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Open Access Highly Accessed Research article

Do low-income neighbourhoods have the least green space? A cross-sectional study of Australia’s most populous cities

Thomas Astell-Burt12*, Xiaoqi Feng3, Suzanne Mavoa4, Hannah M Badland4 and Billie Giles-Corti4

Author Affiliations

1 School of Science and Health, University of Western Sydney, Sydney, Australia

2 School of Geography and Geosciences, University of St Andrews, St Andrews, UK

3 Centre for Health Research, School of Medicine, University of Western Sydney, Sydney, Australia

4 The McCaughey VicHealth Centre for Community Wellbeing, School of Population and Global Health, University of Melbourne, Melbourne, Australia

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BMC Public Health 2014, 14:292  doi:10.1186/1471-2458-14-292

Published: 31 March 2014

Abstract

Background

An inequitable distribution of parks and other ‘green spaces’ could exacerbate health inequalities if people on lower incomes, who are already at greater risk of preventable diseases, have poorer access.

Methods

The availability of green space within 1 kilometre of a Statistical Area 1 (SA1) was linked to data from the 2011 Australian census for Sydney (n = 4.6 M residents); Melbourne (n = 4.2 M); Brisbane (n = 2.2 M); Perth (n = 1.8 M); and Adelaide (n = 1.3 M). Socioeconomic circumstances were measured via the percentage population of each SA1 living on < $21,000 per annum. Negative binomial and logit regression models were used to investigate association between the availability of green space in relation to neighbourhood socioeconomic circumstances, adjusting for city and population density.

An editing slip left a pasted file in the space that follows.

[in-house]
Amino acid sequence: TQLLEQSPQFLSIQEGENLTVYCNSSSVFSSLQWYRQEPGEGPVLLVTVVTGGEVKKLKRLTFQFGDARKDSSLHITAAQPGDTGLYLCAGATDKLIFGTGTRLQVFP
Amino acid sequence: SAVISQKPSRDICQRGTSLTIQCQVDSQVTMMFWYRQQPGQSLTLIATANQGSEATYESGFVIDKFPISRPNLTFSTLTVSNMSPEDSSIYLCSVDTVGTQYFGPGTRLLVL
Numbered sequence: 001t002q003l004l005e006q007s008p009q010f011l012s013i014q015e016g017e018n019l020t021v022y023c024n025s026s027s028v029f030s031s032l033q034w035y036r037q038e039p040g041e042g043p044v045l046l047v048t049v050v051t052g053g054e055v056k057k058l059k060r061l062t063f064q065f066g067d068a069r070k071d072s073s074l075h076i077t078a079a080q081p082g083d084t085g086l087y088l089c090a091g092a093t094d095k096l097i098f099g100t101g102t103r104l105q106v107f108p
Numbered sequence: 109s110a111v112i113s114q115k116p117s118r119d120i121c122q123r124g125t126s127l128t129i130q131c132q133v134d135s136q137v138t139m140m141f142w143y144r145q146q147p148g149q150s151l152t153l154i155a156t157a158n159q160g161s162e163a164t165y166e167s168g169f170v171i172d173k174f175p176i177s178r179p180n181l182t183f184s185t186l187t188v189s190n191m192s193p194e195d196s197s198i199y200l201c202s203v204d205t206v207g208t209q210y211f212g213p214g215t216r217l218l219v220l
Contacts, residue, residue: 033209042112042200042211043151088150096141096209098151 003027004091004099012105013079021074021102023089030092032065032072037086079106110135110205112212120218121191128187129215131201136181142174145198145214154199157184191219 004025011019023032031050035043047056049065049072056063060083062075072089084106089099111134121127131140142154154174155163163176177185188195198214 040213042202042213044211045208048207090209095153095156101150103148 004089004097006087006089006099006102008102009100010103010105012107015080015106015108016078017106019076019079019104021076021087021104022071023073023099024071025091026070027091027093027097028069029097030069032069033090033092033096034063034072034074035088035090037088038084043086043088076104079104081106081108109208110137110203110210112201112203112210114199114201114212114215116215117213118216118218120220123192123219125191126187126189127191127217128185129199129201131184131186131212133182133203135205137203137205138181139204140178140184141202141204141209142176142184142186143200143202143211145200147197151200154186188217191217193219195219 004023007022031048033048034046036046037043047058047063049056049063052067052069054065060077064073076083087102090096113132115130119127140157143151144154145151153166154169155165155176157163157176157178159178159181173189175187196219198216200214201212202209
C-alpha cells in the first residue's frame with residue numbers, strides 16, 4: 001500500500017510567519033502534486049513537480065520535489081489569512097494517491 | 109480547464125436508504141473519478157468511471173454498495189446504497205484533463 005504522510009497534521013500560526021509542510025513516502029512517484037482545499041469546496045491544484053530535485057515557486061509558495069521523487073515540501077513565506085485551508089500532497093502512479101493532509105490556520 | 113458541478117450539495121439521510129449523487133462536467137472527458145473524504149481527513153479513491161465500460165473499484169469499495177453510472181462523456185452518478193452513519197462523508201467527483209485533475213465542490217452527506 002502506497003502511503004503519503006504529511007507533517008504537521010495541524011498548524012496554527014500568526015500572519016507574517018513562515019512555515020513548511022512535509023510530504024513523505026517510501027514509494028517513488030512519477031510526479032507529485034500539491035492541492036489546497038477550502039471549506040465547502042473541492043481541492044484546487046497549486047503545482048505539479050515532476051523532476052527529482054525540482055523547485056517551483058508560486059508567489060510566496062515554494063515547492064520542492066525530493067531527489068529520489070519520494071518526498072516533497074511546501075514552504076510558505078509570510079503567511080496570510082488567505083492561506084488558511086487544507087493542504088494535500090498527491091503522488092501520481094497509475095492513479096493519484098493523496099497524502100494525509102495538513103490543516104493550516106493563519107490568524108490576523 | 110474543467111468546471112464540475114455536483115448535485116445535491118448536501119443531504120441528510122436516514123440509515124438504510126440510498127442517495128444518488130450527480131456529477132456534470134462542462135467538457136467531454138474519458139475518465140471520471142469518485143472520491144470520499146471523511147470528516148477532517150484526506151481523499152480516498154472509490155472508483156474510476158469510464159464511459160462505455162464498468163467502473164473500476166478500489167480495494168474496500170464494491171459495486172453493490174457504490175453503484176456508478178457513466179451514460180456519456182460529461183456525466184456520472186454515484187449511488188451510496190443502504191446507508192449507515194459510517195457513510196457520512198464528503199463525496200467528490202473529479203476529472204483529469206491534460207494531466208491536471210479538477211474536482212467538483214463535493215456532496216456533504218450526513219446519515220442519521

Results

Green space availability was substantively lower in SA1s with a higher percentage of low income residents (e.g. an incidence rate ratio of 0.82 (95% confidence interval (95% CI) 0.75, 0.89) was observed for SA1s containing ≥20% versus 0-1% low income residents). This association varied between cities (p < 0.001). Adelaide reported the least equitable distribution of green space, with approximately 20% greenery in the most affluent areas versus 12% availability in the least affluent. Although Melbourne had a smaller proportion of SA1s in the top quintile of green space availability (13.8%), the distribution of greenery was the most equitable of all the cities, with only a 0.5% difference in the availability of green space between SA1s containing 0-1% low income households versus those with ≥20%. Inequity of access, however, was reported across all cities when using logit regression to examine the availability of at least 20% (odds ratio 0.74, 95% CI 0.59, 0.93) or 40% (0.45, 0.29, 0.69) green space availability in the more disadvantaged versus affluent neighbourhoods.

Conclusion

Affirmative action on green space planning is required to redress the socioeconomic inequity of access to this important public health resource.

Keywords:
Australia; Environment; Green space; Health; Income; Inequity; Neighbourhood; Public open space